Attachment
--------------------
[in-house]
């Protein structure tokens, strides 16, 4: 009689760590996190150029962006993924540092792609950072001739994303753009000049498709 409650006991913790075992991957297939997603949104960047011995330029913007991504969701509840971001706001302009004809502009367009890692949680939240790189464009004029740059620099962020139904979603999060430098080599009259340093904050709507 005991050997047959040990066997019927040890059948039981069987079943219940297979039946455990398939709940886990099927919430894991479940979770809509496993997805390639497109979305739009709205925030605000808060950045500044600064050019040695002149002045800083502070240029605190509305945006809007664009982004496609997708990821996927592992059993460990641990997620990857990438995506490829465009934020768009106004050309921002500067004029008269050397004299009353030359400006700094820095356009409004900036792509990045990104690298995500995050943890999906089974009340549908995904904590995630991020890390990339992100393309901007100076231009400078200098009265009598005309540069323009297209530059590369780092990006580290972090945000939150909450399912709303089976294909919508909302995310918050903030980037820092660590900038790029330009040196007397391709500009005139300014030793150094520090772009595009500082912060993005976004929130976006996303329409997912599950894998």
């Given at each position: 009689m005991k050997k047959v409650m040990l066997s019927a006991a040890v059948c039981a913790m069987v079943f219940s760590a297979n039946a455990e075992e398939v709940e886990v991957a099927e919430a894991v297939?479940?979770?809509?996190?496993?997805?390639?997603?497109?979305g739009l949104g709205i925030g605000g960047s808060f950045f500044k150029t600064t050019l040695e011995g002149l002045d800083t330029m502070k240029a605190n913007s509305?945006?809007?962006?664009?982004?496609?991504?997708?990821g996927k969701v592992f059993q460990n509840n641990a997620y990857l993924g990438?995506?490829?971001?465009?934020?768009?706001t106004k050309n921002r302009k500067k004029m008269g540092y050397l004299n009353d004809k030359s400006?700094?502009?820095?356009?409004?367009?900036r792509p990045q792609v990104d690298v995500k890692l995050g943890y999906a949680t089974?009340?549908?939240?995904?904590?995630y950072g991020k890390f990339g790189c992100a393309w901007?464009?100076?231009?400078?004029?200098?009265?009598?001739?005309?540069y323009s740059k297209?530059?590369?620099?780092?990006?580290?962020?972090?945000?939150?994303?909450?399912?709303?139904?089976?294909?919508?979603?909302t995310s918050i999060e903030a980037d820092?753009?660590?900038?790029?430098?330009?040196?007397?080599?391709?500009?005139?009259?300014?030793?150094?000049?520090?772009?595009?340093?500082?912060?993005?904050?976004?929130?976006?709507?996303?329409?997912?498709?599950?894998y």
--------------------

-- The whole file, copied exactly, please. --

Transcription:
[in-house]
């Protein structure tokens, strides 16, 4: 009689760590996190150029962006993924540092792609950072001739994303753009000049498709 409650006991913790075992991957297939997603949104960047011995330029913007991504969701509840971001706001302009004809502009367009890692949680939240790189464009004029740059620099962020139904979603999060430098080599009259340093904050709507 005991050997047959040990066997019927040890059948039981069987079943219940297979039946455990398939709940886990099927919430894991479940979770809509496993997805390639497109979305739009709205925030605000808060950045500044600064050019040695002149002045800083502070240029605190509305945006809007664009982004496609997708990821996927592992059993460990641990997620990857990438995506490829465009934020768009106004050309921002500067004029008269050397004299009353030359400006700094820095356009409004900036792509990045990104690298995500995050943890999906089974009340549908995904904590995630991020890390990339992100393309901007100076231009400078200098009265009598005309540069323009297209530059590369780092990006580290972090945000939150909450399912709303089976294909919508909302995310918050903030980037820092660590900038790029330009040196007397391709500009005139300014030793150094520090772009595009500082912060993005976004929130976006996303329409997912599950894998």
């Given at each position: 009689m005991k050997k047959v409650m040990l066997s019927a006991a040890v059948c039981a913790m069987v079943f219940s760590a297979n039946a455990e075992e398939v709940e886990v991957a099927e919430a894991v297939?479940?979770?809509?996190?496993?997805?390639?997603?497109?979305g739009l949104g709205i925030g605000g960047s808060f950045f500044k150029t600064t050019l040695e011995g002149l002045d800083t330029m502070k240029a605190n913007s509305?945006?809007?962006?664009?982004?496609?991504?997708?990821g996927k969701v592992f059993q460990n509840n641990a997620y990857l993924g990438?995506?490829?971001?465009?934020?768009?706001t106004k050309n921002r302009k500067k004029m008269g540092y050397l004299n009353d004809k030359s400006?700094?502009?820095?356009?409004?367009?900036r792509p990045q792609v990104d690298v995500k890692l995050g943890y999906a949680t089974?009340?549908?939240?995904?904590?995630y950072g991020k890390f990339g790189c992100a393309w901007?464009?100076?231009?400078?004029?200098?009265?009598?001739?005309?540069y323009s740059k297209?530059?590369?620099?780092?990006?580290?962020?972090?945000?939150?994303?909450?399912?709303?139904?089976?294909?919508?979603?909302t995310s918050i999060e903030a980037d820092?753009?660590?900038?790029?430098?330009?040196?007397?080599?391709?500009?005139?009259?300014?030793?150094?000049?520090?772009?595009?340093?500082?912060?993005?904050?976004?929130?976006?709507?996303?329409?997912?498709?599950?894998y």